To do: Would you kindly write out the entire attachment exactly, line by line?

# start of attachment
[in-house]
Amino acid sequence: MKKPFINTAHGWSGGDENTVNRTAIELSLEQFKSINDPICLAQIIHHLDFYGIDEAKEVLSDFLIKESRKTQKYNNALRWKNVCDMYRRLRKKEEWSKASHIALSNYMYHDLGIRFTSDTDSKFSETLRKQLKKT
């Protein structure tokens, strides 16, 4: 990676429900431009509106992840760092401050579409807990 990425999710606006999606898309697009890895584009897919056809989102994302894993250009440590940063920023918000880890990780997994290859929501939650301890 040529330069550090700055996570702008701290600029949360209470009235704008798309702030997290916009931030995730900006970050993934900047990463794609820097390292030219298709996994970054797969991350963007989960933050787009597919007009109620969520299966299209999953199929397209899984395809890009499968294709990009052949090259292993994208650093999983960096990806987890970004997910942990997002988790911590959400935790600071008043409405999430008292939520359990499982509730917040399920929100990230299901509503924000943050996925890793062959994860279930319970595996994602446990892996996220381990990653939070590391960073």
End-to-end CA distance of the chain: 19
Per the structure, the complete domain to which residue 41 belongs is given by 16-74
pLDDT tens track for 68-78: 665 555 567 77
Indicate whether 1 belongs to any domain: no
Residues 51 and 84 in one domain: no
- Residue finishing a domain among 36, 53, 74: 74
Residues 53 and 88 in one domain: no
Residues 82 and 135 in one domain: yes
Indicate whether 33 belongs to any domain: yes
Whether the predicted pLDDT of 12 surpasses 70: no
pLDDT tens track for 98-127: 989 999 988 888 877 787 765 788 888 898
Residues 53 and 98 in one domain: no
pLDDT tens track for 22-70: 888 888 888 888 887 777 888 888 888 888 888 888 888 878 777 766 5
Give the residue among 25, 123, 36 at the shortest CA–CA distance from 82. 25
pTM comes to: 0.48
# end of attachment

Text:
[in-house]
Amino acid sequence: MKKPFINTAHGWSGGDENTVNRTAIELSLEQFKSINDPICLAQIIHHLDFYGIDEAKEVLSDFLIKESRKTQKYNNALRWKNVCDMYRRLRKKEEWSKASHIALSNYMYHDLGIRFTSDTDSKFSETLRKQLKKT
């Protein structure tokens, strides 16, 4: 990676429900431009509106992840760092401050579409807990 990425999710606006999606898309697009890895584009897919056809989102994302894993250009440590940063920023918000880890990780997994290859929501939650301890 040529330069550090700055996570702008701290600029949360209470009235704008798309702030997290916009931030995730900006970050993934900047990463794609820097390292030219298709996994970054797969991350963007989960933050787009597919007009109620969520299966299209999953199929397209899984395809890009499968294709990009052949090259292993994208650093999983960096990806987890970004997910942990997002988790911590959400935790600071008043409405999430008292939520359990499982509730917040399920929100990230299901509503924000943050996925890793062959994860279930319970595996994602446990892996996220381990990653939070590391960073």
End-to-end CA distance of the chain: 19
Per the structure, the complete domain to which residue 41 belongs is given by 16-74
pLDDT tens track for 68-78: 665 555 567 77
Indicate whether 1 belongs to any domain: no
Residues 51 and 84 in one domain: no
- Residue finishing a domain among 36, 53, 74: 74
Residues 53 and 88 in one domain: no
Residues 82 and 135 in one domain: yes
Indicate whether 33 belongs to any domain: yes
Whether the predicted pLDDT of 12 surpasses 70: no
pLDDT tens track for 98-127: 989 999 988 888 877 787 765 788 888 898
Residues 53 and 98 in one domain: no
pLDDT tens track for 22-70: 888 888 888 888 887 777 888 888 888 888 888 888 888 878 777 766 5
Give the residue among 25, 123, 36 at the shortest CA–CA distance from 82. 25
pTM comes to: 0.48